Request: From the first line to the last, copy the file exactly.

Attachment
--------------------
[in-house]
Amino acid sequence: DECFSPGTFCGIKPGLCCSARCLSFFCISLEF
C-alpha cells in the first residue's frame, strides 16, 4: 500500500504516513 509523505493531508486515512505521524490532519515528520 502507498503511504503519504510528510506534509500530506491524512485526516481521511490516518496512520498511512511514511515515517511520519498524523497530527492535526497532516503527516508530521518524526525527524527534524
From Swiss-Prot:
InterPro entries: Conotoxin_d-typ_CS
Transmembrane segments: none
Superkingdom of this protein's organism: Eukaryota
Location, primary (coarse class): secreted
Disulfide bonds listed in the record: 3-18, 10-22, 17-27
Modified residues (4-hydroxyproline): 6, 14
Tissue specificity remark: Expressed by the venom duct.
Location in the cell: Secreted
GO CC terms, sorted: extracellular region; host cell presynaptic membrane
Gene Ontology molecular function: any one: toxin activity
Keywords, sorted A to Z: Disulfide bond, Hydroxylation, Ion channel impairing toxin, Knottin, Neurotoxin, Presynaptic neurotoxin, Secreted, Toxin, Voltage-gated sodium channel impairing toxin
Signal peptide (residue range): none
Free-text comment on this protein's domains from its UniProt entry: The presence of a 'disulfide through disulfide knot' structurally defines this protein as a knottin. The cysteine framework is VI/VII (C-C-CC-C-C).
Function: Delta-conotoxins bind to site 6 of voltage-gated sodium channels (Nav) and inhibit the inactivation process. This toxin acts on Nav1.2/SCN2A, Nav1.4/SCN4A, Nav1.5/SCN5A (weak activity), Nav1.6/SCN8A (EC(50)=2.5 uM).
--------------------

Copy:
[in-house]
Amino acid sequence: DECFSPGTFCGIKPGLCCSARCLSFFCISLEF
C-alpha cells in the first residue's frame, strides 16, 4: 500500500504516513 509523505493531508486515512505521524490532519515528520 502507498503511504503519504510528510506534509500530506491524512485526516481521511490516518496512520498511512511514511515515517511520519498524523497530527492535526497532516503527516508530521518524526525527524527534524
From Swiss-Prot:
InterPro entries: Conotoxin_d-typ_CS
Transmembrane segments: none
Superkingdom of this protein's organism: Eukaryota
Location, primary (coarse class): secreted
Disulfide bonds listed in the record: 3-18, 10-22, 17-27
Modified residues (4-hydroxyproline): 6, 14
Tissue specificity remark: Expressed by the venom duct.
Location in the cell: Secreted
GO CC terms, sorted: extracellular region; host cell presynaptic membrane
Gene Ontology molecular function: any one: toxin activity
Keywords, sorted A to Z: Disulfide bond, Hydroxylation, Ion channel impairing toxin, Knottin, Neurotoxin, Presynaptic neurotoxin, Secreted, Toxin, Voltage-gated sodium channel impairing toxin
Signal peptide (residue range): none
Free-text comment on this protein's domains from its UniProt entry: The presence of a 'disulfide through disulfide knot' structurally defines this protein as a knottin. The cysteine framework is VI/VII (C-C-CC-C-C).
Function: Delta-conotoxins bind to site 6 of voltage-gated sodium channels (Nav) and inhibit the inactivation process. This toxin acts on Nav1.2/SCN2A, Nav1.4/SCN4A, Nav1.5/SCN5A (weak activity), Nav1.6/SCN8A (EC(50)=2.5 uM).